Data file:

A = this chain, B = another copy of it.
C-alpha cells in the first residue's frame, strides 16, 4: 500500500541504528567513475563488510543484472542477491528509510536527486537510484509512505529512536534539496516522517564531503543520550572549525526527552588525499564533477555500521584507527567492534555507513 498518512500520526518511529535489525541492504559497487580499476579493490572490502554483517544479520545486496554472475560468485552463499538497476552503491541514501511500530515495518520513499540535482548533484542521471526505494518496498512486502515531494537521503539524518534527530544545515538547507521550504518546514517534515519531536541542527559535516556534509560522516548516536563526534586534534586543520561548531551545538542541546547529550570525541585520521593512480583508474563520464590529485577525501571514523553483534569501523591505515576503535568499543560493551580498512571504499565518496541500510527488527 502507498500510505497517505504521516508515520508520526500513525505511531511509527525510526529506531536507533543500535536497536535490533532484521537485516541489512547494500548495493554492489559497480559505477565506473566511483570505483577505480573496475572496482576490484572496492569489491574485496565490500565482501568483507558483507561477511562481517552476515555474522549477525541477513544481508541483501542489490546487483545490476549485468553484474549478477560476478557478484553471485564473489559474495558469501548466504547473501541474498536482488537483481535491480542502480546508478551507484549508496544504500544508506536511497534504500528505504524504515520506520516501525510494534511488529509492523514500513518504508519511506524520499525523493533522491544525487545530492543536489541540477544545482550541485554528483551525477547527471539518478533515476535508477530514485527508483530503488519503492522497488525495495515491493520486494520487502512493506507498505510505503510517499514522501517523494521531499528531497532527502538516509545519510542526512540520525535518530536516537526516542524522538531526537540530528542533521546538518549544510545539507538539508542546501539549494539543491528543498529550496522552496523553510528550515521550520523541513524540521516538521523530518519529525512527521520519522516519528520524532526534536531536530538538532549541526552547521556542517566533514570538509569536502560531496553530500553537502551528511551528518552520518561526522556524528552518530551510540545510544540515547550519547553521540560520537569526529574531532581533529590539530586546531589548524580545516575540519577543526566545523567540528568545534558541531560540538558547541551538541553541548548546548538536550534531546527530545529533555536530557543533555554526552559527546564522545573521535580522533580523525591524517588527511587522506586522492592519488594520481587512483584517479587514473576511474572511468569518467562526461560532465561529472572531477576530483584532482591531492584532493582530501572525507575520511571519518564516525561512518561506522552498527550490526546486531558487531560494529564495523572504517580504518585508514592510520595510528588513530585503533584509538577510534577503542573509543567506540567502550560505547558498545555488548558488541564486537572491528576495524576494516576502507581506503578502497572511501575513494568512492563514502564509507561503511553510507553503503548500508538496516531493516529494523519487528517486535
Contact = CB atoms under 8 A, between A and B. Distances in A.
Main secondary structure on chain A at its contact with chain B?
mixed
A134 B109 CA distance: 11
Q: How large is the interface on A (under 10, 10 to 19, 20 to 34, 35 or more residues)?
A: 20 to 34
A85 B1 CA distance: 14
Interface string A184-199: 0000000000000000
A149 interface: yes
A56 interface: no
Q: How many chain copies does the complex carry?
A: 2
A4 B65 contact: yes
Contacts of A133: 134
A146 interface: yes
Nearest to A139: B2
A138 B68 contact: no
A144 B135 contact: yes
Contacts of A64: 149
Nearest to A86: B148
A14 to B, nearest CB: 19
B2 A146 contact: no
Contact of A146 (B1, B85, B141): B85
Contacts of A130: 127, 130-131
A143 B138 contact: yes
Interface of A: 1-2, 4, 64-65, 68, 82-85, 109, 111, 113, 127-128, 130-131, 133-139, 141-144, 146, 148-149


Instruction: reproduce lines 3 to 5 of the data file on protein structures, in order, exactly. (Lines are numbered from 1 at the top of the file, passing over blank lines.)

Contact = CB atoms under 8 A, between A and B. Distances in A.
Main secondary structure on chain A at its contact with chain B?
mixed